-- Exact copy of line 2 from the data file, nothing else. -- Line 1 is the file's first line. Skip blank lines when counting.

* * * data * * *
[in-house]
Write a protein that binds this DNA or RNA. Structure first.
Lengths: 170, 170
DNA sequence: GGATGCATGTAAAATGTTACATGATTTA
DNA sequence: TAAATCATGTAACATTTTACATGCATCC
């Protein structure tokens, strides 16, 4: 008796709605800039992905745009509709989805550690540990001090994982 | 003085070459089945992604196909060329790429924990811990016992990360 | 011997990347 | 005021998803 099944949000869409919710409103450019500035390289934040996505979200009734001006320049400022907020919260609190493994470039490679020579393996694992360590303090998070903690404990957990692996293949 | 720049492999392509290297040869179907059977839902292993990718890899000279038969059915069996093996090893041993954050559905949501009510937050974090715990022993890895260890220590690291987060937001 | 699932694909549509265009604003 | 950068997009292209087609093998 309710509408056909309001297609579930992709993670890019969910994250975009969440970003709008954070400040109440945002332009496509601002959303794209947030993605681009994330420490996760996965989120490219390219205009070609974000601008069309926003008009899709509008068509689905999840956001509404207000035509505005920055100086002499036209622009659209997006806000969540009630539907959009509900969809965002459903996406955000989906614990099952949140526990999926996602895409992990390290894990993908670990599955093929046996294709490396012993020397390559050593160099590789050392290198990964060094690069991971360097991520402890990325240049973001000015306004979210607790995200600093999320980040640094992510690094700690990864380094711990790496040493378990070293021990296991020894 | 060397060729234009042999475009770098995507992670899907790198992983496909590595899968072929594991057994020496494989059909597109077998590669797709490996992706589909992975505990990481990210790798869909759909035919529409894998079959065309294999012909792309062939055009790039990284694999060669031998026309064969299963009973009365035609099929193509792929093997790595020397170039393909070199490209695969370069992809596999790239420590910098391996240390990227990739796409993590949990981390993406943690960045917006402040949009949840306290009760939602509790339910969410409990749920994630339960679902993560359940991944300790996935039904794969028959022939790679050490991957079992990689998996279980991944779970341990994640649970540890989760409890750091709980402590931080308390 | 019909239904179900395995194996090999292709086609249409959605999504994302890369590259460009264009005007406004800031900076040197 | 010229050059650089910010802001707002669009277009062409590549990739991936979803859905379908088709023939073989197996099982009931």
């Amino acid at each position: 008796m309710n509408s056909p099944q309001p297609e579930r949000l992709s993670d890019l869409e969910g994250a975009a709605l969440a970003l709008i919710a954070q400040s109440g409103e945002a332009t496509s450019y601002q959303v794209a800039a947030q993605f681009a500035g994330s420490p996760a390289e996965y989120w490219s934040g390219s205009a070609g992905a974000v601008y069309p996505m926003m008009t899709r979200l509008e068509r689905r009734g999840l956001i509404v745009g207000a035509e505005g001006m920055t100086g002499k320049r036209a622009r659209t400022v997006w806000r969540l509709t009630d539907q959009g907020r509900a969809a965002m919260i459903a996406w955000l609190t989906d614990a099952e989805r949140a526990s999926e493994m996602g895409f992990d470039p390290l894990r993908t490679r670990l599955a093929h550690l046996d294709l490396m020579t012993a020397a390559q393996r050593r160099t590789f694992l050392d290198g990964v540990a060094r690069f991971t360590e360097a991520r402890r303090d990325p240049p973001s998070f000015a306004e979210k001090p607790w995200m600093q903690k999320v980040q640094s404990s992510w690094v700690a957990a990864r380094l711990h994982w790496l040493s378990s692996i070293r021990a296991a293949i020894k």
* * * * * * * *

Write a protein that binds this DNA or RNA. Structure first.